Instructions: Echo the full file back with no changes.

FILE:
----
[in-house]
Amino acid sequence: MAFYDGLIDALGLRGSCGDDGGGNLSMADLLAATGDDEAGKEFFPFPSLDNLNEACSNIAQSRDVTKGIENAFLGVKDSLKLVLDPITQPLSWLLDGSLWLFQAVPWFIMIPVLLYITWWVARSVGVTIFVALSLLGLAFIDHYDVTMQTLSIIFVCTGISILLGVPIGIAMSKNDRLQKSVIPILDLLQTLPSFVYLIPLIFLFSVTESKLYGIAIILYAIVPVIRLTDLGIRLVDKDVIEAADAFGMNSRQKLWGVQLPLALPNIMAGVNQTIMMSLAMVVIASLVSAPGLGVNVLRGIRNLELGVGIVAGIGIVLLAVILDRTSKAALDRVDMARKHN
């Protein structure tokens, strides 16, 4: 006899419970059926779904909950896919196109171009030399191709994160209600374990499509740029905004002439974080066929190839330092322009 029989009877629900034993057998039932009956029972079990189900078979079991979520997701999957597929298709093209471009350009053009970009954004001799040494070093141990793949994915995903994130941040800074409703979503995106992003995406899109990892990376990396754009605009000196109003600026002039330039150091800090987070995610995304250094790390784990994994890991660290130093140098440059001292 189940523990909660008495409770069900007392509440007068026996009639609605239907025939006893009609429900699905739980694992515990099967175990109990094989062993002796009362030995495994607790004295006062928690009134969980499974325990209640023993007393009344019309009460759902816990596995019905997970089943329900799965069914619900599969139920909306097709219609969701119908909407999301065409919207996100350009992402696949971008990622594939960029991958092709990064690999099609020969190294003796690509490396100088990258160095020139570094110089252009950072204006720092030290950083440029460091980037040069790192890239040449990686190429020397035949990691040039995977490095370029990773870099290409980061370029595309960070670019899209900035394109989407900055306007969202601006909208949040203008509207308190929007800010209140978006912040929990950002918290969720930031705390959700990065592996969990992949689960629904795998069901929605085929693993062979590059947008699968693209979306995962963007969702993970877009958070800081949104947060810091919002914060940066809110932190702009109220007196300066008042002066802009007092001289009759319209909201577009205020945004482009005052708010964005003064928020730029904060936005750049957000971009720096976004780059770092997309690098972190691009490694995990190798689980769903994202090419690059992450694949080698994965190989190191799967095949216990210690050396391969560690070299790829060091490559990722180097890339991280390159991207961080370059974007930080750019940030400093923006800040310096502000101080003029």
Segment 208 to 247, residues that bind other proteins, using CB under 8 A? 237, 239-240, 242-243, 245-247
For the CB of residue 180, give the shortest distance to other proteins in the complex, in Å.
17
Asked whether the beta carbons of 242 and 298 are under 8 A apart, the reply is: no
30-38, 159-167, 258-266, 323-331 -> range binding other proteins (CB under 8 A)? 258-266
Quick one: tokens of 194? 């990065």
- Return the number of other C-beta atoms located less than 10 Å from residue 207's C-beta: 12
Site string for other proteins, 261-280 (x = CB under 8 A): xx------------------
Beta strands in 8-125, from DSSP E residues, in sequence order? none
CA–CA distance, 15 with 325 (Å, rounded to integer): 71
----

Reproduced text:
[in-house]
Amino acid sequence: MAFYDGLIDALGLRGSCGDDGGGNLSMADLLAATGDDEAGKEFFPFPSLDNLNEACSNIAQSRDVTKGIENAFLGVKDSLKLVLDPITQPLSWLLDGSLWLFQAVPWFIMIPVLLYITWWVARSVGVTIFVALSLLGLAFIDHYDVTMQTLSIIFVCTGISILLGVPIGIAMSKNDRLQKSVIPILDLLQTLPSFVYLIPLIFLFSVTESKLYGIAIILYAIVPVIRLTDLGIRLVDKDVIEAADAFGMNSRQKLWGVQLPLALPNIMAGVNQTIMMSLAMVVIASLVSAPGLGVNVLRGIRNLELGVGIVAGIGIVLLAVILDRTSKAALDRVDMARKHN
């Protein structure tokens, strides 16, 4: 006899419970059926779904909950896919196109171009030399191709994160209600374990499509740029905004002439974080066929190839330092322009 029989009877629900034993057998039932009956029972079990189900078979079991979520997701999957597929298709093209471009350009053009970009954004001799040494070093141990793949994915995903994130941040800074409703979503995106992003995406899109990892990376990396754009605009000196109003600026002039330039150091800090987070995610995304250094790390784990994994890991660290130093140098440059001292 189940523990909660008495409770069900007392509440007068026996009639609605239907025939006893009609429900699905739980694992515990099967175990109990094989062993002796009362030995495994607790004295006062928690009134969980499974325990209640023993007393009344019309009460759902816990596995019905997970089943329900799965069914619900599969139920909306097709219609969701119908909407999301065409919207996100350009992402696949971008990622594939960029991958092709990064690999099609020969190294003796690509490396100088990258160095020139570094110089252009950072204006720092030290950083440029460091980037040069790192890239040449990686190429020397035949990691040039995977490095370029990773870099290409980061370029595309960070670019899209900035394109989407900055306007969202601006909208949040203008509207308190929007800010209140978006912040929990950002918290969720930031705390959700990065592996969990992949689960629904795998069901929605085929693993062979590059947008699968693209979306995962963007969702993970877009958070800081949104947060810091919002914060940066809110932190702009109220007196300066008042002066802009007092001289009759319209909201577009205020945004482009005052708010964005003064928020730029904060936005750049957000971009720096976004780059770092997309690098972190691009490694995990190798689980769903994202090419690059992450694949080698994965190989190191799967095949216990210690050396391969560690070299790829060091490559990722180097890339991280390159991207961080370059974007930080750019940030400093923006800040310096502000101080003029």
Segment 208 to 247, residues that bind other proteins, using CB under 8 A? 237, 239-240, 242-243, 245-247
For the CB of residue 180, give the shortest distance to other proteins in the complex, in Å.
17
Asked whether the beta carbons of 242 and 298 are under 8 A apart, the reply is: no
30-38, 159-167, 258-266, 323-331 -> range binding other proteins (CB under 8 A)? 258-266
Quick one: tokens of 194? 């990065």
- Return the number of other C-beta atoms located less than 10 Å from residue 207's C-beta: 12
Site string for other proteins, 261-280 (x = CB under 8 A): xx------------------
Beta strands in 8-125, from DSSP E residues, in sequence order? none
CA–CA distance, 15 with 325 (Å, rounded to integer): 71